Every year the Viennese Philharmonic put on New Year’s Day concert. It’s televised around the world. They play the usual waltzes and popular classics and of course, Johann Strauss’s Radetsky March. Being a musician I tend to work late the night before so I watch this as a kind of annual ritual and I’m not sure why. I look at the audience who all look prosperous and over sixty – typical viennese citizens in fact and they nod their heads and they look so happy! It’s one of those tunes you learn as a kid and leave it at that but for this audience it obviously has a special significance and I couldn’t quite gather what it was.
Earlier this year I read The Radetsky March and The Emperor’s Tomb by Joseph Roth. The Radetsky March is about the collapse of the Austro-Hungarian empire seen through the eyes of one family. When I first first became aware of the book I expected it to be about an aristocratic family experiencing the collapse of an empire and the end of an era – a little like Gone With The Wind or Molly Keane’s Two Days of Aragon. But it was nothing like this and I have to say I felt a bit disappointed.
The story is about three generations of men called Trotta, the first is a reluctant hero of the Battle of Solferino (I had to look that up in Wikipedia), the second was a modest government official and the third a soldier who tries to relive his grandfather’s glory.
The trouble with much historic fiction is that we know what’s going to happen. In The Radetsky March we know World War One is looming but the characters don’t. They have a feeling things are not going well but they haven’t a clue how things will turn out. Roth maintains suspense by never mentioning dates or years.The reader only realises it’s 1914 when, during a summer party, the revelers get nervous as they see storm clouds gather in the sky and the news arrives of Archduke Franz Ferdinand’s assassination. This event is one of those pub quiz facts we all know but Roth’s story leading up to this makes the reader acutely aware of how catastrophic the event is for the regime. Eventually, grandson Trotta is killed in a battle at the beginning of the war – once again, we don’t know the name of the battle because soldiers rarely know the name of the battle they’re fighting in.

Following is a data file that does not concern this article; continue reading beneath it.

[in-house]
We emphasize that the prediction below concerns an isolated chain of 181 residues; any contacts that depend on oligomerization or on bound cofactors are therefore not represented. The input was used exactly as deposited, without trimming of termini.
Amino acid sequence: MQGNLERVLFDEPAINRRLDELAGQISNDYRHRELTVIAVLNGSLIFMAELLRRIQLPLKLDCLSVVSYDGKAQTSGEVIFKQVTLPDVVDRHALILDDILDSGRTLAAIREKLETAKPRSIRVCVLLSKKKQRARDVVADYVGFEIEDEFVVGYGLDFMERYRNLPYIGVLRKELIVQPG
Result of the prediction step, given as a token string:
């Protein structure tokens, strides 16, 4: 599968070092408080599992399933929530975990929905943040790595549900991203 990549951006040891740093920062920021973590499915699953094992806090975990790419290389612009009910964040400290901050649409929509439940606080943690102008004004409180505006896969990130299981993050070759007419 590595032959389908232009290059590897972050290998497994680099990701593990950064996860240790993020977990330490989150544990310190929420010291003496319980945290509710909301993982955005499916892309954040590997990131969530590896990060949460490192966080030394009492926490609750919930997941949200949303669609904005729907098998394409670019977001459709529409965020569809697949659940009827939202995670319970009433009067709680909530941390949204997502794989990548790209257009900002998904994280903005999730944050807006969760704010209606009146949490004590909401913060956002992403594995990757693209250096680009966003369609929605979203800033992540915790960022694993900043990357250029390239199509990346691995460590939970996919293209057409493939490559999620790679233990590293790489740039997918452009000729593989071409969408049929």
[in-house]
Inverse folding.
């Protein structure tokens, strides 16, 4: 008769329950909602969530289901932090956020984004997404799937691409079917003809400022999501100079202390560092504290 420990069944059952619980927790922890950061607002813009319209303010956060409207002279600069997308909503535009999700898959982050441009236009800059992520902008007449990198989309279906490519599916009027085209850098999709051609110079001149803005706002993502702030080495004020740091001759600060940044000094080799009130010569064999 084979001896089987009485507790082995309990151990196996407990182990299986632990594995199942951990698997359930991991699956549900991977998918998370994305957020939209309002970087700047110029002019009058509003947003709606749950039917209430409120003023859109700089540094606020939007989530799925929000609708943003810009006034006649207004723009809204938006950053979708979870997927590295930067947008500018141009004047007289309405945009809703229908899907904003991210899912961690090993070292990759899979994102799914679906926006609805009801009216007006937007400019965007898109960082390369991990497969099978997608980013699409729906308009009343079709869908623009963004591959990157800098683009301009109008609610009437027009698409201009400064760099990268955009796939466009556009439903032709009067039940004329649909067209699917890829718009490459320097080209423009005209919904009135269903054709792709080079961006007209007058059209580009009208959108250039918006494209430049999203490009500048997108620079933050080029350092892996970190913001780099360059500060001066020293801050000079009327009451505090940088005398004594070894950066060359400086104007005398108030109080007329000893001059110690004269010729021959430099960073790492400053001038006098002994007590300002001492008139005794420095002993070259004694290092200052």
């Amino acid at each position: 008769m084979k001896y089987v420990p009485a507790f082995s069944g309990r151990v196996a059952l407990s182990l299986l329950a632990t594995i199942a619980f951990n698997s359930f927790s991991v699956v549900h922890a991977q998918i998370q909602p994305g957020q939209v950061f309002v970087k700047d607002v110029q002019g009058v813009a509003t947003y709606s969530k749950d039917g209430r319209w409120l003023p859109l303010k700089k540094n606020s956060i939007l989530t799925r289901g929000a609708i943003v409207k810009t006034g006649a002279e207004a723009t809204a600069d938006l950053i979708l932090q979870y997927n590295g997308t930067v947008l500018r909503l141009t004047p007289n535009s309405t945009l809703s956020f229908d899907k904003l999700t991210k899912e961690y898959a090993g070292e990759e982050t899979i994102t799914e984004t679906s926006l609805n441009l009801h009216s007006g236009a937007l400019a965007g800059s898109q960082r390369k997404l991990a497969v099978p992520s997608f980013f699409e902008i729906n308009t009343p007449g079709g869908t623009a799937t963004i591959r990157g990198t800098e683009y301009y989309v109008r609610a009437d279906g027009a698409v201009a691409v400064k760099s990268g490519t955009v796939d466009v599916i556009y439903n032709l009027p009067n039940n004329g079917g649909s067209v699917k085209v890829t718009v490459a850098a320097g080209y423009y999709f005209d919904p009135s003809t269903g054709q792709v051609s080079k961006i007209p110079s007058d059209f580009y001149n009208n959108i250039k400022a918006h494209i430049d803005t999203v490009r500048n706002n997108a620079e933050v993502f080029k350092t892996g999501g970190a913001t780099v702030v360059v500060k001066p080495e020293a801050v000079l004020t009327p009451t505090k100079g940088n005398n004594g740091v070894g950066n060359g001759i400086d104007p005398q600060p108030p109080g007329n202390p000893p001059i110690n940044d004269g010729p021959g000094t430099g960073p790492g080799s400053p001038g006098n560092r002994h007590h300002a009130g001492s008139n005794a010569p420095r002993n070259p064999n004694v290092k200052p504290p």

The introduction to The Radetsky March mentioned The Emporer’s Tomb as a worthy sequel. But’s it is not a sequel. It switches to a first person and the narrator is a cousin of the Trottas and no characters inhabit both books. The story starts before 1914 but continues a few years after the war so we see the aftermath and its effect on genteel viennese life.
Roth’s style is gentle and readable and there are a few good philosophical and religious insights. These books paint a picture of the multi-cultural and tolerant Austro-Hungarian Empire which contrasted with the small-minded nation states that followed. I’ve found it hard to understand why continentals distrust the nation state so much. Roth explains why.
I read these books a few months ago. But I’ve been lazy with my blog posts and put off by the feeling no-one is reading them (oh reader you’ve got this far – thank you!). Then again it’s not a bad idea leave a while before writing so I can gauge a book’s memorability. The Radetsky March and The Emperor’s Tomb are already starting to fade which is not a good sign.